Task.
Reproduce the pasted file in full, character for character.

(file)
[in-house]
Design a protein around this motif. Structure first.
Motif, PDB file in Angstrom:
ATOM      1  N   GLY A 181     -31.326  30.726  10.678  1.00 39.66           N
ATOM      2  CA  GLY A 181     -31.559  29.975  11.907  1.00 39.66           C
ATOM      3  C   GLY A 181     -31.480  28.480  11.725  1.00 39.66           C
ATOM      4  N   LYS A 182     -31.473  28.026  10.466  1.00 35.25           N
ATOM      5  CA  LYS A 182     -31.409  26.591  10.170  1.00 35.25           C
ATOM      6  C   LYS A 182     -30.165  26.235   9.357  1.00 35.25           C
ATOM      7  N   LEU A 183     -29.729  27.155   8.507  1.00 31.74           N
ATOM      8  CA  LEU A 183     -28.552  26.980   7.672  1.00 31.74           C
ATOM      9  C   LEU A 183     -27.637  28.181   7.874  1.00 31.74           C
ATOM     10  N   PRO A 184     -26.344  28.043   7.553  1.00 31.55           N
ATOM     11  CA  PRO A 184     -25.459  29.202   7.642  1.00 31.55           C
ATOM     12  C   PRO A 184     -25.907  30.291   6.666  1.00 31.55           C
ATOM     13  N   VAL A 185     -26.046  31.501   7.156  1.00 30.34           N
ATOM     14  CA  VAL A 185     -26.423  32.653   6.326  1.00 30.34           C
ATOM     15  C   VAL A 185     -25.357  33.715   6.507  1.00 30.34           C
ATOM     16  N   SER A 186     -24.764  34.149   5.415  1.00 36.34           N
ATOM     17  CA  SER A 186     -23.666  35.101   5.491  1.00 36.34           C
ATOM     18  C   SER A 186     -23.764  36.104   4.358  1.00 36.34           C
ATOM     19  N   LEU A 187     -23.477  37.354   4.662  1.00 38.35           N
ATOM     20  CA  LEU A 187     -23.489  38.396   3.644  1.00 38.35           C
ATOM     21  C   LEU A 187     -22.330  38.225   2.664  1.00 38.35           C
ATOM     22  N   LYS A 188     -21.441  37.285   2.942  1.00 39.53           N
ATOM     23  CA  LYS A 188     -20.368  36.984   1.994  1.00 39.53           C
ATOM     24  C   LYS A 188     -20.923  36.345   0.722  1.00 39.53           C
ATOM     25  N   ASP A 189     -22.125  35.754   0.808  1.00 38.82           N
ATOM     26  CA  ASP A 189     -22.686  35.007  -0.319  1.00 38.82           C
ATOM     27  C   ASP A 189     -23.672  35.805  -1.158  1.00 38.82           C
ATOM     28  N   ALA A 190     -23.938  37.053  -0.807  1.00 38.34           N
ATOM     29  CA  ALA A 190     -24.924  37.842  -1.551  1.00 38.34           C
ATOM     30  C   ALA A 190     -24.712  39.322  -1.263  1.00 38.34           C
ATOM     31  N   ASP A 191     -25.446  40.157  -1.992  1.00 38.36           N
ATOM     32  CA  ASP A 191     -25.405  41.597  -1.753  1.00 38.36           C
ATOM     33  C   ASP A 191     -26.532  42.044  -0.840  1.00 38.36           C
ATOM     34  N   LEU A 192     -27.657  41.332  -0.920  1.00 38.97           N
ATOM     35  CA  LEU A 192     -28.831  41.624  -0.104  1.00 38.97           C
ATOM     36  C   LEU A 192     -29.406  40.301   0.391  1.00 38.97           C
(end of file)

[in-house]
Design a protein around this motif. Structure first.
Motif, PDB file in Angstrom:
ATOM      1  N   GLY A 181     -31.326  30.726  10.678  1.00 39.66           N
ATOM      2  CA  GLY A 181     -31.559  29.975  11.907  1.00 39.66           C
ATOM      3  C   GLY A 181     -31.480  28.480  11.725  1.00 39.66           C
ATOM      4  N   LYS A 182     -31.473  28.026  10.466  1.00 35.25           N
ATOM      5  CA  LYS A 182     -31.409  26.591  10.170  1.00 35.25           C
ATOM      6  C   LYS A 182     -30.165  26.235   9.357  1.00 35.25           C
ATOM      7  N   LEU A 183     -29.729  27.155   8.507  1.00 31.74           N
ATOM      8  CA  LEU A 183     -28.552  26.980   7.672  1.00 31.74           C
ATOM      9  C   LEU A 183     -27.637  28.181   7.874  1.00 31.74           C
ATOM     10  N   PRO A 184     -26.344  28.043   7.553  1.00 31.55           N
ATOM     11  CA  PRO A 184     -25.459  29.202   7.642  1.00 31.55           C
ATOM     12  C   PRO A 184     -25.907  30.291   6.666  1.00 31.55           C
ATOM     13  N   VAL A 185     -26.046  31.501   7.156  1.00 30.34           N
ATOM     14  CA  VAL A 185     -26.423  32.653   6.326  1.00 30.34           C
ATOM     15  C   VAL A 185     -25.357  33.715   6.507  1.00 30.34           C
ATOM     16  N   SER A 186     -24.764  34.149   5.415  1.00 36.34           N
ATOM     17  CA  SER A 186     -23.666  35.101   5.491  1.00 36.34           C
ATOM     18  C   SER A 186     -23.764  36.104   4.358  1.00 36.34           C
ATOM     19  N   LEU A 187     -23.477  37.354   4.662  1.00 38.35           N
ATOM     20  CA  LEU A 187     -23.489  38.396   3.644  1.00 38.35           C
ATOM     21  C   LEU A 187     -22.330  38.225   2.664  1.00 38.35           C
ATOM     22  N   LYS A 188     -21.441  37.285   2.942  1.00 39.53           N
ATOM     23  CA  LYS A 188     -20.368  36.984   1.994  1.00 39.53           C
ATOM     24  C   LYS A 188     -20.923  36.345   0.722  1.00 39.53           C
ATOM     25  N   ASP A 189     -22.125  35.754   0.808  1.00 38.82           N
ATOM     26  CA  ASP A 189     -22.686  35.007  -0.319  1.00 38.82           C
ATOM     27  C   ASP A 189     -23.672  35.805  -1.158  1.00 38.82           C
ATOM     28  N   ALA A 190     -23.938  37.053  -0.807  1.00 38.34           N
ATOM     29  CA  ALA A 190     -24.924  37.842  -1.551  1.00 38.34           C
ATOM     30  C   ALA A 190     -24.712  39.322  -1.263  1.00 38.34           C
ATOM     31  N   ASP A 191     -25.446  40.157  -1.992  1.00 38.36           N
ATOM     32  CA  ASP A 191     -25.405  41.597  -1.753  1.00 38.36           C
ATOM     33  C   ASP A 191     -26.532  42.044  -0.840  1.00 38.36           C
ATOM     34  N   LEU A 192     -27.657  41.332  -0.920  1.00 38.97           N
ATOM     35  CA  LEU A 192     -28.831  41.624  -0.104  1.00 38.97           C
ATOM     36  C   LEU A 192     -29.406  40.301   0.391  1.00 38.97           C